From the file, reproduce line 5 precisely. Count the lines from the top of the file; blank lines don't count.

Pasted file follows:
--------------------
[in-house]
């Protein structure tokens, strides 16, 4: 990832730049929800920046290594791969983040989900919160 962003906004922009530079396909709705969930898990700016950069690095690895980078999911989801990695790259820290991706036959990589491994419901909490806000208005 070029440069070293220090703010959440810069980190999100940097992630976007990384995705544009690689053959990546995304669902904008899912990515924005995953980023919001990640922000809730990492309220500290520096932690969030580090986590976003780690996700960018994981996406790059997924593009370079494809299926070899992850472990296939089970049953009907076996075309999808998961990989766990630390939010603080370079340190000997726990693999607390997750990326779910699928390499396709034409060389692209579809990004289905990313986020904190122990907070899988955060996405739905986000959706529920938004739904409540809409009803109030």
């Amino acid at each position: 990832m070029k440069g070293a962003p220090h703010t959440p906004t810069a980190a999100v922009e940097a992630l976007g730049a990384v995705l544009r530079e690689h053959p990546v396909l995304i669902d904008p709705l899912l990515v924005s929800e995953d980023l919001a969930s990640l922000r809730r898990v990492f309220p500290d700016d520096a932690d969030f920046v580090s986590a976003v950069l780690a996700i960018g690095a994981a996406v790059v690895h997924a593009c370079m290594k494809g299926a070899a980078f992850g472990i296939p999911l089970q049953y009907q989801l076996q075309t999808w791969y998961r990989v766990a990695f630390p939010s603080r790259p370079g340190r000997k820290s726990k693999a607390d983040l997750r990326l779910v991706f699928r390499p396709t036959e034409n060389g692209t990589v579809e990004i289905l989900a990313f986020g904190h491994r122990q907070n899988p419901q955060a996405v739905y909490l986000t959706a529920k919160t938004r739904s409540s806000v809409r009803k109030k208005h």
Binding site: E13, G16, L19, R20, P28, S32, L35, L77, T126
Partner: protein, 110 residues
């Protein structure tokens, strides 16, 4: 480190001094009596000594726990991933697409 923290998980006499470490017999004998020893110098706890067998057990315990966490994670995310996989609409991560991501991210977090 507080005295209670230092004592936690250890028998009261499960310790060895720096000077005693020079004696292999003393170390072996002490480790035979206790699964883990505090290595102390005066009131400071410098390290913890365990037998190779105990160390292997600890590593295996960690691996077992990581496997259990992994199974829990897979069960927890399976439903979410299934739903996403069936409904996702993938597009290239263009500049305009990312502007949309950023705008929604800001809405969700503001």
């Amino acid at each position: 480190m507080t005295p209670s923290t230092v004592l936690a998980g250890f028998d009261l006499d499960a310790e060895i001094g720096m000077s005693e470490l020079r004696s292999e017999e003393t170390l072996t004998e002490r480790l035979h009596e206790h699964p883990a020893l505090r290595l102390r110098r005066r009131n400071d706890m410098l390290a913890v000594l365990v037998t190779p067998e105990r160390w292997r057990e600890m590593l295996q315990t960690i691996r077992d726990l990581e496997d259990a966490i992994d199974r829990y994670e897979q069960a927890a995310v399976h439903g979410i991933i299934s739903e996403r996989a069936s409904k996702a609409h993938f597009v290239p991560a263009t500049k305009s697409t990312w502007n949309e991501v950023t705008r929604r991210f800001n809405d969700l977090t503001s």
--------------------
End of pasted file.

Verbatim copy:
Partner: protein, 110 residues